How COVID-19 Is Giving Rise To Disasterpreneurs
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Every disaster, natural calamity or conflict witnesses an emergence of a special type of entrepreneurs who specialize in business of disaster – the disasterpreneurs. These individuals have a knack of identifying business opportunities, some ethical and others completely unethical, while a disaster is unfolding right before our eyes. Remarkably, these individuals are then able to single mindedly go after profiteering from the disaster – ignoring the law of the land, ethics and basic humanity. This business of disaster can be rather profitable.
Stories that show the emergence of COVID-19 disasterpreneurs are therefore hardly surprising for many of us. From US-based hoarders of medical supplies including sanitizers and PPE equipment – who then sell it for hefty profits to those in dire needs – to large manufacturers supplying sub-standard products to affected countries around the world; the human greed to make money from others’ misery is both universal and unstoppable. As I explain below, the repercussions of this profiteering are felt by all of us, regardless of where we live or our station in life.
The economic fallout of the ongoing COVID-19 pandemic and the resultant lockdown is yet to fully reveal itself. The last two months have also adequately highlighted that the pandemic has found most ethical businesses of this world as unprepared and off-guard. The extended lockdown has now started showing strains on the otherwise highly reliable and efficient supply chains of FMCG and other fast-moving brands.
As per the All India Consumer Products Distributors Federation, there is a growing lag between production and supplies and that is having an impact on their ability to deliver on the ground. As per news reports, while most of the FMCG firms have restarted production, they are operating at 50-70 per cent of their capacity. Combine this with a near-complete shutdown in March and April and we are likely to see dwindling supplies of our daily essentials on the kirana store shelves.
No surprises therefore that we are seeing the epic rise of a special genre of disasterpreneurs: the counterfeiters, who have stepped up and filled the last mile supply chain vacuum by providing substandard and locally assembled or produced spurious products. To be sure, counterfeit goods are hardly a new phenomenon for us; counterfeiting causes a loss of over Rs. one lakh crores annually to the Indian economy, even during normal times, as per a FICCI report. It is believed that upwards of 10,000 enforcement actions are annually under taken by various law enforcement agencies across the country.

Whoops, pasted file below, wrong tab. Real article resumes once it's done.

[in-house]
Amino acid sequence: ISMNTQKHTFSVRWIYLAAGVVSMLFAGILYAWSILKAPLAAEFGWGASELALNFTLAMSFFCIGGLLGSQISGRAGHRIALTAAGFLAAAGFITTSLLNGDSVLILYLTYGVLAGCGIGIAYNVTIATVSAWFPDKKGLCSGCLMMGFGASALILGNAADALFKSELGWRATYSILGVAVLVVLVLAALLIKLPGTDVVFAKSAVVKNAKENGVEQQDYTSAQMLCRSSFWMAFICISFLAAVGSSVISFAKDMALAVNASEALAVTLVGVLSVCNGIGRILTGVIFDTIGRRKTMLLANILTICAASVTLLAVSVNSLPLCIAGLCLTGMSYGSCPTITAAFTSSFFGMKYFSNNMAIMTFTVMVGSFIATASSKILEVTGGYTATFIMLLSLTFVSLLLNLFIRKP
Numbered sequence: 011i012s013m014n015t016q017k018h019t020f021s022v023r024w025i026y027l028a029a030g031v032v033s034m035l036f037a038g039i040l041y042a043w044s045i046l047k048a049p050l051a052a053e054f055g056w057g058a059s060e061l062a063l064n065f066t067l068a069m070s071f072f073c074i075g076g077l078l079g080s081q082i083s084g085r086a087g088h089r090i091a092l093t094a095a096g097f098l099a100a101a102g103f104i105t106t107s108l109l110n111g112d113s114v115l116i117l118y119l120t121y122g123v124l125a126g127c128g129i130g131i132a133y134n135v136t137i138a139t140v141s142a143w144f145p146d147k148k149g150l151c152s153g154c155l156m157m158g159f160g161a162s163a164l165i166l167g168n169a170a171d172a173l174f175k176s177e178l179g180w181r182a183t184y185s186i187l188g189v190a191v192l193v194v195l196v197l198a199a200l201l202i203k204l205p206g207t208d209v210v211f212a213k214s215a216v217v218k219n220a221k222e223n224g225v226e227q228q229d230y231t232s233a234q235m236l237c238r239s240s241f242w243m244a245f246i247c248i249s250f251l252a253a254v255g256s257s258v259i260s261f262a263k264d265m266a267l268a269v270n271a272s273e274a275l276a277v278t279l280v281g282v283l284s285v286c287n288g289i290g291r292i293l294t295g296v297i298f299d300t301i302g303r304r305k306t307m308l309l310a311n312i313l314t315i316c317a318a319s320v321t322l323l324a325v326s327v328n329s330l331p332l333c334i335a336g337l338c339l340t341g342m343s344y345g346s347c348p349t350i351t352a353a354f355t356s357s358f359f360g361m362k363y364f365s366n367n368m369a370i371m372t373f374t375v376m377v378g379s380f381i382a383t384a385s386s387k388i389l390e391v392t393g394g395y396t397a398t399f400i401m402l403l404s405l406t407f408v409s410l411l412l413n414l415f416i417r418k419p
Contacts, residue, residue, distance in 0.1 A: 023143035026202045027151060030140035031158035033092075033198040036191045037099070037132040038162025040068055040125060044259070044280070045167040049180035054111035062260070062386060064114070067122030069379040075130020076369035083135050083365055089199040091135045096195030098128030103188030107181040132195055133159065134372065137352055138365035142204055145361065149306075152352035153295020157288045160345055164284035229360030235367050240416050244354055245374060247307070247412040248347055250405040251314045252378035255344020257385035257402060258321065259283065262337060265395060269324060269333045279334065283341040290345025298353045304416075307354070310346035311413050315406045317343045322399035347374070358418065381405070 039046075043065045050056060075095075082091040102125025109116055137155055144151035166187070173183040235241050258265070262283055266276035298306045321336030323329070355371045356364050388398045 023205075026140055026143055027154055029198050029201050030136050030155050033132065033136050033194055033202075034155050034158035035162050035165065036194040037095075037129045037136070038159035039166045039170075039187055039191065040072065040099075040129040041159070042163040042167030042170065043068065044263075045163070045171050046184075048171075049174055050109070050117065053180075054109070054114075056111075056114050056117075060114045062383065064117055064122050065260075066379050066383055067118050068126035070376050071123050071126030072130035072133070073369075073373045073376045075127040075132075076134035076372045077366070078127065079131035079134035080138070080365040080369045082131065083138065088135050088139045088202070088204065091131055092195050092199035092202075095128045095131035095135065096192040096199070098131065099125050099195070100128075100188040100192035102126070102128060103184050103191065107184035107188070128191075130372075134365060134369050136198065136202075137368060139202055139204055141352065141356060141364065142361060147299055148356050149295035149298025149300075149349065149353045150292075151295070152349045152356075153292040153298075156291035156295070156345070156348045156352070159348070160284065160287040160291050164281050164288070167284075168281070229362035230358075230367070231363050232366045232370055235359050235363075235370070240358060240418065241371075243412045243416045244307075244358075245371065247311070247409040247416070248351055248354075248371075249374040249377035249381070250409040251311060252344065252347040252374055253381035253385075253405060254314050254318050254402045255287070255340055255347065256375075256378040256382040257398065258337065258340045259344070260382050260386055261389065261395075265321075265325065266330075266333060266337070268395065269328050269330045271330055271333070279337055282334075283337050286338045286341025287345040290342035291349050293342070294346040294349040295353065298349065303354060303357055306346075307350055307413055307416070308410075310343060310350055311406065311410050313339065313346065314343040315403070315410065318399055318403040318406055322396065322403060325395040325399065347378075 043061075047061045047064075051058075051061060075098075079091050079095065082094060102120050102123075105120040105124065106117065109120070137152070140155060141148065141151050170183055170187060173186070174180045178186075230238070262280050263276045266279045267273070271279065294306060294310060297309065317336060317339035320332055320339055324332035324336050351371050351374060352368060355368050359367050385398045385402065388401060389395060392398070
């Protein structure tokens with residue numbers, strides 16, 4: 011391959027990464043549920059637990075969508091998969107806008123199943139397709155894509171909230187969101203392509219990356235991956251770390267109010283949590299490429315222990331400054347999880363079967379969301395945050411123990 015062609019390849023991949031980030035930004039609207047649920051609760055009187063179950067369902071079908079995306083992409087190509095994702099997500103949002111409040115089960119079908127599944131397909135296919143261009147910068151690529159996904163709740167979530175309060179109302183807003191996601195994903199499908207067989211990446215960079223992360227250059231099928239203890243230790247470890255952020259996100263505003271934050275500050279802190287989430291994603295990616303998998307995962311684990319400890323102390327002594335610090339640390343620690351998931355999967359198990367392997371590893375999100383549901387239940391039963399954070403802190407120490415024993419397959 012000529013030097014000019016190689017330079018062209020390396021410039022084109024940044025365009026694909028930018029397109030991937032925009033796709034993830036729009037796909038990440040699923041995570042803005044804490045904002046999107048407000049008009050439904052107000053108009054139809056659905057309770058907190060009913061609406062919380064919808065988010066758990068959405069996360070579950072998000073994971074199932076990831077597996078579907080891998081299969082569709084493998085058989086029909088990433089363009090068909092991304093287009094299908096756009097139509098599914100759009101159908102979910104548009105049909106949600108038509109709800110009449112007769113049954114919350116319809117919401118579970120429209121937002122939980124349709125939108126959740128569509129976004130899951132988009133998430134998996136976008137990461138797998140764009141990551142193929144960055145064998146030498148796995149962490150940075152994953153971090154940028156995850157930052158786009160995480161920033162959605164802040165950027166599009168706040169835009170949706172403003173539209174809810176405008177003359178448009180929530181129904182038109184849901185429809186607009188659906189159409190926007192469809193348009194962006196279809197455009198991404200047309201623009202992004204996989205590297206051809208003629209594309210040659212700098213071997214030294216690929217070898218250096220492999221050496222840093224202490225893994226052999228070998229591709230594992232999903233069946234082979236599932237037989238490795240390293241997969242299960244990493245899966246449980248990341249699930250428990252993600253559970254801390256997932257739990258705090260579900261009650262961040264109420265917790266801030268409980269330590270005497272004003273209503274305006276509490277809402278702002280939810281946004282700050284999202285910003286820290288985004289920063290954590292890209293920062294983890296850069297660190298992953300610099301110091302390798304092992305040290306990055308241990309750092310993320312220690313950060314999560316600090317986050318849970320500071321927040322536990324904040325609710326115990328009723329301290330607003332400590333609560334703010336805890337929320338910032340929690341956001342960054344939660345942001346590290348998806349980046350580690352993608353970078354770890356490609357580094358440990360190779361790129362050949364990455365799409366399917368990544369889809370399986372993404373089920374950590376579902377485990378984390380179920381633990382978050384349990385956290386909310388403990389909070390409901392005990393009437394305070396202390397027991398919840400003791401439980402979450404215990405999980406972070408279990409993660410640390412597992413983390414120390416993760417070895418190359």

What has changed in the last few weeks is how quickly the suppliers of counterfeit goods have ramped up their production and supplies to even overpower the supply chains of ethical manufacturers. It is believed that already well over 250 enforcement actions have been conducted by various law enforcement agencies across the country since the beginning of lockdown, a clear indication that disasterpreneurs have sprung into action. Virtually every successful, market-leading brand is suffering from this menace across categories; including pharmaceuticals, FMCG, automotive, liquor, cement and electronics.
Plenty of studies exist that show the substantive socio-economic impact of these counterfeit goods. Manufacturers of brands that they imitate suffer not just loss of legitimate sales, but can endure long term damage to their reputation. The consumers on the other hand suffer from poor quality medicines that do not cure their illnesses, or food products that are unhygienic and can create new health problems. Even the economy suffers – not only is the government deprived of legitimate taxes, but the loss of income for ethical manufacturers who generate employment for hundreds of thousands of workers makes economic recovery that much harder.
Frequent and widespread law enforcement actions are perhaps the most powerful way to stop these disasterpreneurs in their tracks. As India gets ready to fight its way out of the economic slowdown, borne out of Covid-19, it is important for various state governments to recognise the menace of counterfeit goods. The law enforcement arms of the administration must be tasked to also focus on curtailing the counterfeiting activities and production.
Most leading brands either have their own internal brand protection and security teams or employ external specialist firms whose sole purpose is to gather market intelligence and keep a close tab on counterfeiters. These teams must be engaged to work in tandem with the law enforcement authorities to cut down the entire network of counterfeit products.
Ultimately, we need to acknowledge that living as we are in a once-in-a-lifetime crisis, as a nation we can neither afford yet another major public health scare, nor a continuing loss to the exchequer emerging from mass distribution of counterfeit products across the country. A relentless pursuit of these perpetrators, followed by enforcement actions, must be incorporated into our country’s priority policy objectives.